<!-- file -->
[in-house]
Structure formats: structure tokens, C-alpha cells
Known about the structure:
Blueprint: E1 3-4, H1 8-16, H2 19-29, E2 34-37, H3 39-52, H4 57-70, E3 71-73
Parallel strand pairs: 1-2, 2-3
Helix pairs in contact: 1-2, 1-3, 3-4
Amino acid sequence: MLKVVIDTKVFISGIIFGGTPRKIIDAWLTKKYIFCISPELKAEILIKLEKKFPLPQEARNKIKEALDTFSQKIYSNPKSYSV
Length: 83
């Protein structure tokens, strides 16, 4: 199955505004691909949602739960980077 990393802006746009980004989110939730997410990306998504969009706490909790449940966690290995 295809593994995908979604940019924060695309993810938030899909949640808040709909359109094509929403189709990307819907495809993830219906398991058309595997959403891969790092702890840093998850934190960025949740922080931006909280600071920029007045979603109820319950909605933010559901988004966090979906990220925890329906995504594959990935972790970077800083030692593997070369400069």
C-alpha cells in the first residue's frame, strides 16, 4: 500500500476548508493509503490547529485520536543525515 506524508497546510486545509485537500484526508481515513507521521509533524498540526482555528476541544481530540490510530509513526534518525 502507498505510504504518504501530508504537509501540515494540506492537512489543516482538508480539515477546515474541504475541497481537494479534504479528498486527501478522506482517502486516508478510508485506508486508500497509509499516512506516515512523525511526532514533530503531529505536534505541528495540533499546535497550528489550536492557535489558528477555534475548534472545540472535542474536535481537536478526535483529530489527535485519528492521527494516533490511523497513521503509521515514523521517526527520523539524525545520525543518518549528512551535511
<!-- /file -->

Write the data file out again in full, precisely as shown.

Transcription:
[in-house]
Structure formats: structure tokens, C-alpha cells
Known about the structure:
Blueprint: E1 3-4, H1 8-16, H2 19-29, E2 34-37, H3 39-52, H4 57-70, E3 71-73
Parallel strand pairs: 1-2, 2-3
Helix pairs in contact: 1-2, 1-3, 3-4
Amino acid sequence: MLKVVIDTKVFISGIIFGGTPRKIIDAWLTKKYIFCISPELKAEILIKLEKKFPLPQEARNKIKEALDTFSQKIYSNPKSYSV
Length: 83
């Protein structure tokens, strides 16, 4: 199955505004691909949602739960980077 990393802006746009980004989110939730997410990306998504969009706490909790449940966690290995 295809593994995908979604940019924060695309993810938030899909949640808040709909359109094509929403189709990307819907495809993830219906398991058309595997959403891969790092702890840093998850934190960025949740922080931006909280600071920029007045979603109820319950909605933010559901988004966090979906990220925890329906995504594959990935972790970077800083030692593997070369400069």
C-alpha cells in the first residue's frame, strides 16, 4: 500500500476548508493509503490547529485520536543525515 506524508497546510486545509485537500484526508481515513507521521509533524498540526482555528476541544481530540490510530509513526534518525 502507498505510504504518504501530508504537509501540515494540506492537512489543516482538508480539515477546515474541504475541497481537494479534504479528498486527501478522506482517502486516508478510508485506508486508500497509509499516512506516515512523525511526532514533530503531529505536534505541528495540533499546535497550528489550536492557535489558528477555534475548534472545540472535542474536535481537536478526535483529530489527535485519528492521527494516533490511523497513521503509521515514523521517526527520523539524525545520525543518518549528512551535511